Patients who have been diagnosed with atrial fibrillation have a four-fold to five-fold increase in their risk of ischemic stroke (interruption of blood flow to the brain due to a clot).

Warfarin or Coumadin therapy can reduce that risk by approximately 70 to 80 percent. Studies indicate that warfarin or Coumadin is much more effective than aspirin in preventing ischemic stroke.

Dr. Waldo notes that many physicians are wary of using warfarin, especially among elderly patients, because of the risk of bleeding due to falls or frailty.

However, ‘the risk of stroke in the absence of warfarin therapy is greater than the risk of intracranial bleeding while receiving warfarin,’ says Waldo. Careful attention to monitoring and maintaining appropriate blood clotting factors maximizes the benefit and minimizes the risk.

University Hospitals of Cleveland and University Hospitals Health System offers a Coumadin Clinic to more than 700 patients who are regularly monitored for treatment of various disorders, including atrial fibrillation. Roche Diagnostics recently recognized the UHC Coumadin Clinic for excellence in establishing a systematic and effective approach toward managing anti-coagulation therapy.

University Hospitals Health System (UHHS) is the region’s premier healthcare delivery system, serving patients at more than 150 locations throughout northern Ohio.

The System’s 947-bed, tertiary medical center, University Hospitals of Cleveland (UHC), is the primary affiliate of Case Western Reserve University (CWRU). Together, they form the largest center for biomedical research in the State of Ohio. The System provides the major clinical base for translational researchers at the Case Research Institute, a partnership between UHC and CWRU School of Medicine, as well as a broad and well-characterized patient population for clinical trials involving the most advanced treatments. Included in UHC are Rainbow Babies & Children’s Hospital, among the nation’s best children’s hospitals; Ireland Cancer Center, northern Ohio’s only National Cancer Institute-designated Comprehensive Cancer Center (the nation’s highest designation); and MacDonald Women’s Hospital, Ohio’s only hospital for women.

Committed to advanced care and advanced caring, University Hospitals Health System offers the region’s largest network of primary care physicians, outpatient centers and hospitals. The System also includes a network of specialty care physicians, skilled nursing, elder health, rehabilitation and home care services, managed care and insurance programs, and the most comprehensive behavioral health services in the region.

View drug information on Warfarin Sodium tablets.

Method Of Clustered Gene Expression Analysis May Lead To Glaucoma Prevention

Glaucoma is the second-most common cause of blindness in the US, and occurs due to loss of retinal ganglion cells and degeneration of the optic nerve. Although it is known that high levels of pressure within the eye predispose individuals to the development of glaucoma, the molecular mechanisms involved are poorly defined.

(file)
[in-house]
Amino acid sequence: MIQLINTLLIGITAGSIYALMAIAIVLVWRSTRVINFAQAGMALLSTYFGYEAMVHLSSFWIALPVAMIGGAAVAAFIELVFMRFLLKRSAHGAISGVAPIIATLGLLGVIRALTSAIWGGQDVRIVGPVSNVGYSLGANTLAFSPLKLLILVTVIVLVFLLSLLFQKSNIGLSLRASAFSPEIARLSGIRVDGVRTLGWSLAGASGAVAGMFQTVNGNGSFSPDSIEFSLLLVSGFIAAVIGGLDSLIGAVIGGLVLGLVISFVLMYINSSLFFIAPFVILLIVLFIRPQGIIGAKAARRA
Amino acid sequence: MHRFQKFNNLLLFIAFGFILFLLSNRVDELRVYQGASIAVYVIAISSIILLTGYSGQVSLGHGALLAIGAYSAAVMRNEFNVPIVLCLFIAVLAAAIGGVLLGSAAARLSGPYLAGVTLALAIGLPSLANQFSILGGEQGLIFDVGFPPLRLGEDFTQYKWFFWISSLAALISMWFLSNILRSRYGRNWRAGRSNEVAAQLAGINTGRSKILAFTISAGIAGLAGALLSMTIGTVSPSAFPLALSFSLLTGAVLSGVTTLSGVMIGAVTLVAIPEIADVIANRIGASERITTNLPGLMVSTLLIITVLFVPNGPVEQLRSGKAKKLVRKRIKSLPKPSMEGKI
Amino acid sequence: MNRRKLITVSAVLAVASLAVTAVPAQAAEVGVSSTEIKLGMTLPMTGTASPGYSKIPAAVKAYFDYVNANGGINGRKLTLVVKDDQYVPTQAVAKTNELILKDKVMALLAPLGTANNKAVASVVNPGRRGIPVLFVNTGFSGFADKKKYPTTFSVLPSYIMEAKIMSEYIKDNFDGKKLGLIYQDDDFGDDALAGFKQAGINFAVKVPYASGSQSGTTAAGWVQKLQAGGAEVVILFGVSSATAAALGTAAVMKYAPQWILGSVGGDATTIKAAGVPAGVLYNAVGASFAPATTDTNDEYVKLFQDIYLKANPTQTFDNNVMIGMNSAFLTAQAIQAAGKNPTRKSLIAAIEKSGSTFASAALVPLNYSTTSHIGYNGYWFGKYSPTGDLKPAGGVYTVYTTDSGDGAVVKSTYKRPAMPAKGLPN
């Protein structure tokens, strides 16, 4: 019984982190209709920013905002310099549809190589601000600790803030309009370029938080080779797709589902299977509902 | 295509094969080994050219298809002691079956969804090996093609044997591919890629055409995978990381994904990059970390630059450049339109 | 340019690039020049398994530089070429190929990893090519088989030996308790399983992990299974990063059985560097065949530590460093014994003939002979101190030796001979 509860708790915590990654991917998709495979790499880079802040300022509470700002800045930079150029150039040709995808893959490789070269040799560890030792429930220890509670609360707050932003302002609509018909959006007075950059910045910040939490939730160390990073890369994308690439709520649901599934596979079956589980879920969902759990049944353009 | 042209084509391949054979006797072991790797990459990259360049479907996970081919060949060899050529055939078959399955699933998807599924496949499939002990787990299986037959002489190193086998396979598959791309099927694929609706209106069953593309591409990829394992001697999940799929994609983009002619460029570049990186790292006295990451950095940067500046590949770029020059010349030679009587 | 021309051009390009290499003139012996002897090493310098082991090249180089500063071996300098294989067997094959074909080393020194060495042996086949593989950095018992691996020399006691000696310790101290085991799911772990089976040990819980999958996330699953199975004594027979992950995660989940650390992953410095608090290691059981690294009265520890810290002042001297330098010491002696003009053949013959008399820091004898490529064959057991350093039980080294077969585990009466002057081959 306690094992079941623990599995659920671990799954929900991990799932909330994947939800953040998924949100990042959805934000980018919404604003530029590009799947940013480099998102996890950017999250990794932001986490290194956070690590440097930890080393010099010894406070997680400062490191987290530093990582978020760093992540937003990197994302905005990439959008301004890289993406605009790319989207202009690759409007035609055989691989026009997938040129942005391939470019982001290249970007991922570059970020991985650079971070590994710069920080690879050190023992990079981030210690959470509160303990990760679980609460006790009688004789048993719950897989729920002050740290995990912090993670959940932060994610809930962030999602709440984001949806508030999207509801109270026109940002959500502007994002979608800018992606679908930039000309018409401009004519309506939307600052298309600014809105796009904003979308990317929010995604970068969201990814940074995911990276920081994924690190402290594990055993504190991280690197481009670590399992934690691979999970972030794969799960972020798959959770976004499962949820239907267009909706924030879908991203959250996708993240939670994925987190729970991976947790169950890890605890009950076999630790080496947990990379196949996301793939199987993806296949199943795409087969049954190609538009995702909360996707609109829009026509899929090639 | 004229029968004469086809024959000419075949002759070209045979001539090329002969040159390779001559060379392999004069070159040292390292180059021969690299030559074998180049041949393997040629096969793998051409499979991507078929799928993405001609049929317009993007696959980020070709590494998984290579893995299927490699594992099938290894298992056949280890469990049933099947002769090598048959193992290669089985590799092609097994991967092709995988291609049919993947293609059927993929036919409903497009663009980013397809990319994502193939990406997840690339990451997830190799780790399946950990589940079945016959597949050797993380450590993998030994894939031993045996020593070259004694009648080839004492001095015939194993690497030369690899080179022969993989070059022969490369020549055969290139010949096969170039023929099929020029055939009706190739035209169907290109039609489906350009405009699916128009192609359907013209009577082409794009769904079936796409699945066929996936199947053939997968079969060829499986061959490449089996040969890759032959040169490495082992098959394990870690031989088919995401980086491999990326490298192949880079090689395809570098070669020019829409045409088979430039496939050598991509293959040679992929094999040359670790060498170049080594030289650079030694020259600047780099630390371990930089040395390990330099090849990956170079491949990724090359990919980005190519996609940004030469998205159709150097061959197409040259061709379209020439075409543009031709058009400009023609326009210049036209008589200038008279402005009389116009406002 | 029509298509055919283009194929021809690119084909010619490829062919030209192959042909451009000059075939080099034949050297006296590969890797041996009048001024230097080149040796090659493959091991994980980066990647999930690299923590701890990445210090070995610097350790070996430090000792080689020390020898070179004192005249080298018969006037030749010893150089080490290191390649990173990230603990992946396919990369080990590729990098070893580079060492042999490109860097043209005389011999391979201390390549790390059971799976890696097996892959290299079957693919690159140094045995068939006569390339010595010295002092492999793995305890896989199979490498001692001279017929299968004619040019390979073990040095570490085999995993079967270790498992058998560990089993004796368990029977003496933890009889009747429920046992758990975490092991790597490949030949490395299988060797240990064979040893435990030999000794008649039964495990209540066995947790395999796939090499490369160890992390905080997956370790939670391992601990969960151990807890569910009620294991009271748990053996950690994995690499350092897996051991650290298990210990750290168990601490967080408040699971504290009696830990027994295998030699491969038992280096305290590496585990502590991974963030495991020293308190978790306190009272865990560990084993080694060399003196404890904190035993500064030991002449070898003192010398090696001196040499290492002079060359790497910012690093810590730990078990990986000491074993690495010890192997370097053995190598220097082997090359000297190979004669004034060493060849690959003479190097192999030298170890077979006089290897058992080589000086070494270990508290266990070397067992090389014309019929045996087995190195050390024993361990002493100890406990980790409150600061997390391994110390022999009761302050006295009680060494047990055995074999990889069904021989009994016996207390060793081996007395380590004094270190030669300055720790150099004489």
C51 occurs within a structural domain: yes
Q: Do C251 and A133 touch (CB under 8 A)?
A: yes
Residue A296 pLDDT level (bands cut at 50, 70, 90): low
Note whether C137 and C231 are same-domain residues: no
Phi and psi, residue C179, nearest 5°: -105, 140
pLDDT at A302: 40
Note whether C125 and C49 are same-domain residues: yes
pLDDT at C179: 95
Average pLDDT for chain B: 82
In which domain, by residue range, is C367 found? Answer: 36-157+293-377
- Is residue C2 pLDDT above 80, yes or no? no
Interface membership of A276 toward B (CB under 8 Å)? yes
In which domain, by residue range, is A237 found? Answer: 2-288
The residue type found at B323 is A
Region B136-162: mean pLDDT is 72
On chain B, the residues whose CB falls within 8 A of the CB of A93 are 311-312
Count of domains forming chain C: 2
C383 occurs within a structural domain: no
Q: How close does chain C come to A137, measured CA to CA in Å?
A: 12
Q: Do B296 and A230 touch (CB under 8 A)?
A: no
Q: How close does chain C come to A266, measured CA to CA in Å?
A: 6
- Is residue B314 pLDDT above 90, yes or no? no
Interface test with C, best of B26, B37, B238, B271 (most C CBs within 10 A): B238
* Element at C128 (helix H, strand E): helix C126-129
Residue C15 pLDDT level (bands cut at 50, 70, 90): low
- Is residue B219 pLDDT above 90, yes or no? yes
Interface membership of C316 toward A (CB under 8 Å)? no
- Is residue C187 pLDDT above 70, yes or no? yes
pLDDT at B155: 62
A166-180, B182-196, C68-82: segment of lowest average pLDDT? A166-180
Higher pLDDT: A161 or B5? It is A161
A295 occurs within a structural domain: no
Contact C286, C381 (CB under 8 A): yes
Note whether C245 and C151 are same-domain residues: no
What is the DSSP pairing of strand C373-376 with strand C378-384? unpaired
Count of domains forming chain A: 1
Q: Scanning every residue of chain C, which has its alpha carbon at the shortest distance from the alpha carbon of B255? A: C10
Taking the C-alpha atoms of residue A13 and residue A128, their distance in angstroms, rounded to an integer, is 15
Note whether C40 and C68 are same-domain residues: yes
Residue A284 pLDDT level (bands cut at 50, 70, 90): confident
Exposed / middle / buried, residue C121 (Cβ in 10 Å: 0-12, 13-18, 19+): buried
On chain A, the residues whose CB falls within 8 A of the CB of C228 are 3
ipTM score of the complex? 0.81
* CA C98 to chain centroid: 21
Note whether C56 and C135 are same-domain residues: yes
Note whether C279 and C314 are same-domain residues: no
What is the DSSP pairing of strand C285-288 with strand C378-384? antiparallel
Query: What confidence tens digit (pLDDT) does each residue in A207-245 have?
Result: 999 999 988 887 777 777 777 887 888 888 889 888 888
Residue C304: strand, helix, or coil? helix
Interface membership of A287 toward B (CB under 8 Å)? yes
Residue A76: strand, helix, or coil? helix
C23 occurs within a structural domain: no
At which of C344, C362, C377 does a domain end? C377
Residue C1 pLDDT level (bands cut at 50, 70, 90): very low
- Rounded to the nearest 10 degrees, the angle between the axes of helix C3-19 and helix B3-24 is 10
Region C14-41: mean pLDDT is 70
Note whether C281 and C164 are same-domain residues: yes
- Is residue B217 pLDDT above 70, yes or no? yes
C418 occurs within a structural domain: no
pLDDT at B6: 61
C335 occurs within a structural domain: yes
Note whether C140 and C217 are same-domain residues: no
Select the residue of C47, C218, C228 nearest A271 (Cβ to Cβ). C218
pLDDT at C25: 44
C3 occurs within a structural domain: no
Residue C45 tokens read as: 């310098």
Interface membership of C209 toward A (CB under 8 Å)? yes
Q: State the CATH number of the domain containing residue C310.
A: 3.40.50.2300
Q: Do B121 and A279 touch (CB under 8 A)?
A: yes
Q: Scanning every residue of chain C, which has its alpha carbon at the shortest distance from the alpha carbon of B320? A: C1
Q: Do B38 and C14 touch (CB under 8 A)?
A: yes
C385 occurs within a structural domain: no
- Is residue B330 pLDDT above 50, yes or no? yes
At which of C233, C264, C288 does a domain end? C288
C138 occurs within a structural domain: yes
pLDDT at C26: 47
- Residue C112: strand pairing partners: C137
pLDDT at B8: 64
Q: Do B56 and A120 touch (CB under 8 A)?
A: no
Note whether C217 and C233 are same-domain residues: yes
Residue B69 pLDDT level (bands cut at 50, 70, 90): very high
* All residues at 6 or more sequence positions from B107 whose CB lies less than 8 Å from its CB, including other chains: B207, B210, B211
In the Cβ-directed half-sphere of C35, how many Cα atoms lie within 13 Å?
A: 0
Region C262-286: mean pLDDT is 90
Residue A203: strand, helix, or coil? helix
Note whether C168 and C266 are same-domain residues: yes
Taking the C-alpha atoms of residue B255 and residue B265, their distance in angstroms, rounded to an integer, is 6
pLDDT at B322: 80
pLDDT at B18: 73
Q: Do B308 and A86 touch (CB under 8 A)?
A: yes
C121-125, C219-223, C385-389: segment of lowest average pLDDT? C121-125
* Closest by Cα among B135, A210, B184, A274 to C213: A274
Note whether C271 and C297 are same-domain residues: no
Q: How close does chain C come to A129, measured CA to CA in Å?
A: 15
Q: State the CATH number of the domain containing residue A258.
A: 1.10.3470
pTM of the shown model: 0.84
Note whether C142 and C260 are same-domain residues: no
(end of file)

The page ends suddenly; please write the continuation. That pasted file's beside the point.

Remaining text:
In new research from The Jackson Laboratory in Bar Harbor, Maine, Simon John and colleagues analyzed gene expression patterns in the retina and optic nerves of mice that develop age-related glaucoma. Using a method that involved the clustering of samples that showed similarity in expression profiles, the researchers were able to identify molecular signatures of early events in glaucoma progression- events that were detectable before there was morphological evidence of damage.

Activation of part of the innate immune system called the complement cascade, and upregulation of endothelin 2 – a protein that can increase blood pressure – were among these early changes. Notably, the researchers found that genetically and pharmacologically interfering with these changes protected mice from developing glaucoma.

The researchers believe that they have identified pathways that might be targeted in the development of new glaucoma therapeutics, and hope that their method of clustered gene expression analysis will be useful in uncovering the early molecular events that underlie other diseases.

Joyce Peterson
Jackson Laboratory

Stem Cell Therapy May Provide New Approach To Fight Infection

A new study from researchers in Ottawa and Toronto suggests that a commonly used type of bone marrow stem cell may be able to help treat sepsis, a deadly condition that can occur when an infection spreads throughout the body.

The study, published in the American Journal of Respiratory and Critical Care Medicine, shows that these cells can triple survival rates in an experimental model of sepsis.

This work was a collaboration between research groups led by Dr. Duncan Stewart at the Ottawa Hospital Research Institute (OHRI), Dr. Arthur Slutsky at St. Michael’s Hospital and Dr. W. Conrad Liles at the University Health Network in Toronto.

The cells used in this study are called mesenchymal stem cells. In addition to their stem cell properties, they are also known to influence the immune system and help repair tissue damage. They are found in adult bone marrow and they have been used extensively in clinical trials for other diseases.